However, I'm disappointed that he didn't talk to me about his lack of funds, because I would have helped him get the medication he needs to stay healthy. 

One thing about men, is that we hate to go to the doctor.  And, in many cases we also don't exercise or eat right.  All I can figure is that it's a macho thing; we don't want to appear weak or to depend on others for our well-being.

One thing I decided 31 years ago - when I first got sober - was that I was going to stay healthy enough to enjoy the years I have left. Therefore, I have no problem visiting doctors on a regular schedule and taking the medications I'm prescribed.  I didn't get sober to sit on my butt and rot away into decrepitude.

Simply getting sober isn't enough for me.  I like to feel that I'm contributing to the world and to those around me.  When I think of living sober I like to think of myself as an example to others.  Sobriety is much more attractive when it looks like we're having fun and enjoying success.

I encourage anyone who needs medical care of any kind to talk to their house advisor about what resources are available.  I promise that we'll come up with the medical care you need.  

We have one staff member who works five days a week contacting doctors, dentists, and other healthcare professionals to help our peers who are in need of healthcare.  And he's very good at getting dental care, glasses, and other medical assistance for those in need.

Click here to email John


Monday, November 7, 2022

Peer Recovery

When new clients arrive at TLC they are usually confused.  They don't know why they have to go through an orientation period.  They don't understand the guidelines.  All of a sudden, they're in an environment of a group of strangers who are all attempting to achieve sobriety just as they are.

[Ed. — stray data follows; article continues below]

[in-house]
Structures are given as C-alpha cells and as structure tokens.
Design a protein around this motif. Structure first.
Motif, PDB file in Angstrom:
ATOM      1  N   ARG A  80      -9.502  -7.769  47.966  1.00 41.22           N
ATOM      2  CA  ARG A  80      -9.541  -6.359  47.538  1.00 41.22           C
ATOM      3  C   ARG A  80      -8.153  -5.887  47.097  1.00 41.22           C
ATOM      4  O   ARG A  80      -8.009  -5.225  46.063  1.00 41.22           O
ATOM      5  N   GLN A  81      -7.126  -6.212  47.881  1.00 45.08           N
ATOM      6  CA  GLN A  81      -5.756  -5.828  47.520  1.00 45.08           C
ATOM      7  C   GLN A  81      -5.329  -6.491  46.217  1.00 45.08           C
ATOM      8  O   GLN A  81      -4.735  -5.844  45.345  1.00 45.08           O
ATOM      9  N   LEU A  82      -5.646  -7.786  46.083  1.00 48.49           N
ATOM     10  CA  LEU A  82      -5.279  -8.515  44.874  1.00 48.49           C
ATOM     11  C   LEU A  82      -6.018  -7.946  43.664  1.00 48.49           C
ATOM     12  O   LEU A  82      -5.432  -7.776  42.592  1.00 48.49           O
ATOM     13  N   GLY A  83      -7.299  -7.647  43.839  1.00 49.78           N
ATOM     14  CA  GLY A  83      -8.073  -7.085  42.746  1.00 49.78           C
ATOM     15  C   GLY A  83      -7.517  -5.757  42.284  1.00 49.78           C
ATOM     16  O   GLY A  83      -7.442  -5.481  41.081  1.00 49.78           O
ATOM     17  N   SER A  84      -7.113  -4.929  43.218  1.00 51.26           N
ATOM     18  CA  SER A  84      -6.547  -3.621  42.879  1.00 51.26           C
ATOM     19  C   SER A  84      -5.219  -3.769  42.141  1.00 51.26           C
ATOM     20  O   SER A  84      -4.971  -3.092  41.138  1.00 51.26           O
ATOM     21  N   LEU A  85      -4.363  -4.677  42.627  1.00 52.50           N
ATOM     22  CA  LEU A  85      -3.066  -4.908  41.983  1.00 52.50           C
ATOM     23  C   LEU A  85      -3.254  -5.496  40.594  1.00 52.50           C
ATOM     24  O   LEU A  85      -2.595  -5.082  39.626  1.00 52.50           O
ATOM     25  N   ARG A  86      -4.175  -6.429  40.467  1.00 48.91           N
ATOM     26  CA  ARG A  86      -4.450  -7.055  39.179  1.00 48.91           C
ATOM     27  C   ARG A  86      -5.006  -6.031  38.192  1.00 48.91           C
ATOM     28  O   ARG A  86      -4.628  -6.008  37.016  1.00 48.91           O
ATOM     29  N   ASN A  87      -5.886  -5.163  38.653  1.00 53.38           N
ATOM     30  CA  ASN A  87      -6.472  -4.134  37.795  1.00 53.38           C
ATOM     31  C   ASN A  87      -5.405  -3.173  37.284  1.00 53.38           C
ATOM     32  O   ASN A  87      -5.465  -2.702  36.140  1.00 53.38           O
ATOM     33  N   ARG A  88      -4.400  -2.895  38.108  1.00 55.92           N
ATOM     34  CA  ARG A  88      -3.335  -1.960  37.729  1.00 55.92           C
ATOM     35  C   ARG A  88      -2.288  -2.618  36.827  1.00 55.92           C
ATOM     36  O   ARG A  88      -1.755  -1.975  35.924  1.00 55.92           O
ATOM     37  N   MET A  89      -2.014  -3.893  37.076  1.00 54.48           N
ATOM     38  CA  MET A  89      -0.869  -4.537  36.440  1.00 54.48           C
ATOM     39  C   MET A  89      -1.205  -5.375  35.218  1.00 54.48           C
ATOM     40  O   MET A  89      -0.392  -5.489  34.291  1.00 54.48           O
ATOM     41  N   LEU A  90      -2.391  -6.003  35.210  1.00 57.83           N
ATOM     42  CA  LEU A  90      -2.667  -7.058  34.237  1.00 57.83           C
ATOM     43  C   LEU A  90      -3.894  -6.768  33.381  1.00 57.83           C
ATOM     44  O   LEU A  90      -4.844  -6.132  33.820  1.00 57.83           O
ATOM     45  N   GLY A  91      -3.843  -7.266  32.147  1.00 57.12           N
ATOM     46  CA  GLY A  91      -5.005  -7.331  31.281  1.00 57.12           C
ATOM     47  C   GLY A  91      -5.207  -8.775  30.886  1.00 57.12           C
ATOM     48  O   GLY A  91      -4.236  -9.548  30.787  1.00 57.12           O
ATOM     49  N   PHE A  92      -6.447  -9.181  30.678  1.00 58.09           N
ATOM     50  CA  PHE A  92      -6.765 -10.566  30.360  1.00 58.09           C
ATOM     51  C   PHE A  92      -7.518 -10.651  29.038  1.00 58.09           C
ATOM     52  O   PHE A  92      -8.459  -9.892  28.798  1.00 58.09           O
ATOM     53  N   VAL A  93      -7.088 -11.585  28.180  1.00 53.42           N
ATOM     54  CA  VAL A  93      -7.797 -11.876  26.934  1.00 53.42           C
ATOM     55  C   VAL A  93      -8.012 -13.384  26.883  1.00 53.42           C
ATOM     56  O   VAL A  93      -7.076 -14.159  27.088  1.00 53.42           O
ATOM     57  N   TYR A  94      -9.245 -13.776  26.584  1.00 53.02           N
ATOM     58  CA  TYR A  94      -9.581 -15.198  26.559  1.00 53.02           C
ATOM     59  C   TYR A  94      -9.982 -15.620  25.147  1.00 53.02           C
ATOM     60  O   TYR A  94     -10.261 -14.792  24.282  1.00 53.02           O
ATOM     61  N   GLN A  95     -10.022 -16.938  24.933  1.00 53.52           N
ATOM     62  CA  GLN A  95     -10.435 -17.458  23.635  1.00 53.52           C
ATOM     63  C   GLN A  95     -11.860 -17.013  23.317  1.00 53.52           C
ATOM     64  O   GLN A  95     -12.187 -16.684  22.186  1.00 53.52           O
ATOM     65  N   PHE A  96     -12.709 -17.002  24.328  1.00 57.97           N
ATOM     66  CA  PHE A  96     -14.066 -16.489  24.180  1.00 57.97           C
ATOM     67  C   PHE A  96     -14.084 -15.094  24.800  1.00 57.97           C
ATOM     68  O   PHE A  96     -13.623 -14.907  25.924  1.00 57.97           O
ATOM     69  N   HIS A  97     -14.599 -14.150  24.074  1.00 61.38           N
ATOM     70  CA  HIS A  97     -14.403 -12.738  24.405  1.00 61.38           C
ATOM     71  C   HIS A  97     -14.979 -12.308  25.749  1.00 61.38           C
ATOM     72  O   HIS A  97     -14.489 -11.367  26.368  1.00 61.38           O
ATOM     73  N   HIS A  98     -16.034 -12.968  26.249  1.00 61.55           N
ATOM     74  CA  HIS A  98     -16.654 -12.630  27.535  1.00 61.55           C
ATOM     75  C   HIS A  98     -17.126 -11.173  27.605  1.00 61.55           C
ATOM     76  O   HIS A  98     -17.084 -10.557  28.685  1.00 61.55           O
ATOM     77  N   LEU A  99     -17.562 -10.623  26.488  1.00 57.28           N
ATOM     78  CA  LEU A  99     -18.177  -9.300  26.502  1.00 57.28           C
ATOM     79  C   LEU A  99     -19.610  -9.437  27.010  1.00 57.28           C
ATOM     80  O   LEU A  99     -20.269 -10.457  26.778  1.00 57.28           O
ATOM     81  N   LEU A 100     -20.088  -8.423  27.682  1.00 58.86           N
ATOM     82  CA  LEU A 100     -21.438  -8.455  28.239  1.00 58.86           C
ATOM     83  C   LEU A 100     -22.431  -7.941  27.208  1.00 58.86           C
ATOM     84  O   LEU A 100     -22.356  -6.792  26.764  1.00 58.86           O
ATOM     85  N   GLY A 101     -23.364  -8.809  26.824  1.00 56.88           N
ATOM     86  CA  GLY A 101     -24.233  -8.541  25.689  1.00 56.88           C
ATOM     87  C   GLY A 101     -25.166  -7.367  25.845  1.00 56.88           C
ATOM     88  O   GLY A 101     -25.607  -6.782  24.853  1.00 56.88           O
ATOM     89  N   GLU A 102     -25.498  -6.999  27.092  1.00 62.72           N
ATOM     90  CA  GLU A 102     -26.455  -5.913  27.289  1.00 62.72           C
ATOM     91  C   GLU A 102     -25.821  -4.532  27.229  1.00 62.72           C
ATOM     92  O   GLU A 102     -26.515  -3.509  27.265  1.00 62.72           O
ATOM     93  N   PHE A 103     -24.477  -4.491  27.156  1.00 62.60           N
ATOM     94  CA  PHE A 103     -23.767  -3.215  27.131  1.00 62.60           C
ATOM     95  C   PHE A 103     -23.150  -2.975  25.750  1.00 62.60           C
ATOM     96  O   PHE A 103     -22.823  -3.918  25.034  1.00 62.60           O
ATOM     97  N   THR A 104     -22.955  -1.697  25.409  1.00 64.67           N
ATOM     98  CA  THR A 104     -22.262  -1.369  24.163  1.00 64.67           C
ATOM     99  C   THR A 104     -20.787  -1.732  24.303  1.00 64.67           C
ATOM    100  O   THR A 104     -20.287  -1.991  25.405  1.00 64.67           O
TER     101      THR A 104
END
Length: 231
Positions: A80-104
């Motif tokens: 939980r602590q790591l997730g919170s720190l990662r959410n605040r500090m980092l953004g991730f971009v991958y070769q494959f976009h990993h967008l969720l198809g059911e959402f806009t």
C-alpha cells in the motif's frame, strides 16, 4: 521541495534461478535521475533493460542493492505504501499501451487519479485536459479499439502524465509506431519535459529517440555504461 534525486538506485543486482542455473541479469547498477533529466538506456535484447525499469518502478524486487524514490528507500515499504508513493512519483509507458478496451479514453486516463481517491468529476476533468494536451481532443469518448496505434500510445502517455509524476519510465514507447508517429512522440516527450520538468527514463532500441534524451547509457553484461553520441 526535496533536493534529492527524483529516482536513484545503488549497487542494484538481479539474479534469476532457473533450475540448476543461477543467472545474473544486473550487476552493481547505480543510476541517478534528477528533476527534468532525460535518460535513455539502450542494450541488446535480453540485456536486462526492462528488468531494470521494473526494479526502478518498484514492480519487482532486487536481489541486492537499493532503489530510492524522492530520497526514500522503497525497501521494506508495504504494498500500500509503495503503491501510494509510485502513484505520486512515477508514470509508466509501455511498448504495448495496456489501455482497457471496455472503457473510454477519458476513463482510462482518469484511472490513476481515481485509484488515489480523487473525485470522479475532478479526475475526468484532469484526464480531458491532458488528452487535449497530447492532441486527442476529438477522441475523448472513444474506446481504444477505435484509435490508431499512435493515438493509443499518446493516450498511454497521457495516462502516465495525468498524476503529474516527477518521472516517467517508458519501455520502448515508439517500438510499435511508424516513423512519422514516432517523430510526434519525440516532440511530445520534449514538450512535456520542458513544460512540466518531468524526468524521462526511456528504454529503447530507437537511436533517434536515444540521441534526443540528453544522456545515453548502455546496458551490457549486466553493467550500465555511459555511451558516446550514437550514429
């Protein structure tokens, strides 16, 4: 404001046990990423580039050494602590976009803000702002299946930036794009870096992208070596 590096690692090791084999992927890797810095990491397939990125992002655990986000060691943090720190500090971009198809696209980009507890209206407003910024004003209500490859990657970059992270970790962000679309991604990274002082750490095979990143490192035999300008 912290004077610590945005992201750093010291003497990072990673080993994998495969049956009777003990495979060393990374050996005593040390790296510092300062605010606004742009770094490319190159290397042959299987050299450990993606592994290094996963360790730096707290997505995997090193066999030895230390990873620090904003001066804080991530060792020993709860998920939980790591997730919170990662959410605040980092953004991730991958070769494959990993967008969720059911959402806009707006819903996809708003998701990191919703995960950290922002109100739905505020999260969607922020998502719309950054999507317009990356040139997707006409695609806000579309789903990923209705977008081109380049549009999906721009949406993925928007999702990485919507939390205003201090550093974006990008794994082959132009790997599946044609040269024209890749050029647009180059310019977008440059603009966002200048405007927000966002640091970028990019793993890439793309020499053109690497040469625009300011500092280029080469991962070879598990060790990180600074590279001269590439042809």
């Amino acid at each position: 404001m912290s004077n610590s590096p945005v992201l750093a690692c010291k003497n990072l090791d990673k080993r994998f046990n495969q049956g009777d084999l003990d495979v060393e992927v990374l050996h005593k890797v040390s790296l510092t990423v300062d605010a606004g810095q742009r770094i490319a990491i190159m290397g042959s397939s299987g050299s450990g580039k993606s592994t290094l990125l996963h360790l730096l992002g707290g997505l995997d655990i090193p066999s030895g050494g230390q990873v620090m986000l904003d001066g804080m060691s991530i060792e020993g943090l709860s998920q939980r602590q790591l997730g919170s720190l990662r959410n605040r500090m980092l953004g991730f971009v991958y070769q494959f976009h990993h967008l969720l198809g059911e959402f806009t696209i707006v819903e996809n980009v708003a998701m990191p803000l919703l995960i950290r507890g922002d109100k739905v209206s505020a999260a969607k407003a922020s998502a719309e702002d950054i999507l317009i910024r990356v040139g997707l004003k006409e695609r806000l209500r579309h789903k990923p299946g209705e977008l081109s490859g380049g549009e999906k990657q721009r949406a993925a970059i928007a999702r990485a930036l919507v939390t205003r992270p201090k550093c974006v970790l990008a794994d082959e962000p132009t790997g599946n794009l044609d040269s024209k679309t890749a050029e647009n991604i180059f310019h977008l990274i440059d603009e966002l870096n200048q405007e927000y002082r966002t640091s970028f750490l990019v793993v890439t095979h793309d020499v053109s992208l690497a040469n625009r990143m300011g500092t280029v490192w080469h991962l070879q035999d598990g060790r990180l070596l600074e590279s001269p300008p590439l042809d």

If it's their first time attempting to live sober, the program can be confusing.  They don't understand that everything that occurs at TLC is about teaching them to live without drugs or alcohol.  Each facet of the program has some connection to the process of living in recovery.

Finding employment is related to recovery.  After all, how else is one going pay a service fee of $140.00 a week without a job of some kind?  The majority of substance abusers don't know how to work because they come to us from prison.  Or from living homeless on the streets.  Or staying on Mom's sofa.

So learning to show up for work is something they must learn.  We teach them how to dress and provide them with the clothing they need for work, if necessary.  We teach them that they must put forth effort each hour they're on the job site if they want to be a good employee.

Another aspect of the program is the sobriety education they receive.  They attend different types of 12-Step meetings the first 90 days they're in the program.  They also attend two in-house meetings with their peers, both related to recovery.

After a week or two of them observing what their peers are doing to stay sober, they begin to get the idea.  And if they simply do what their peers are doing, follow their lead, they'll be on the road to recovery.

And that's the beauty of a peer-drive program.  If we follow the example of our sober peers we too will begin accumulating sober days, weeks, and months.  If we really want the blessings of sobriety we can have them simply by mimicking our sober peers.

Click here the email John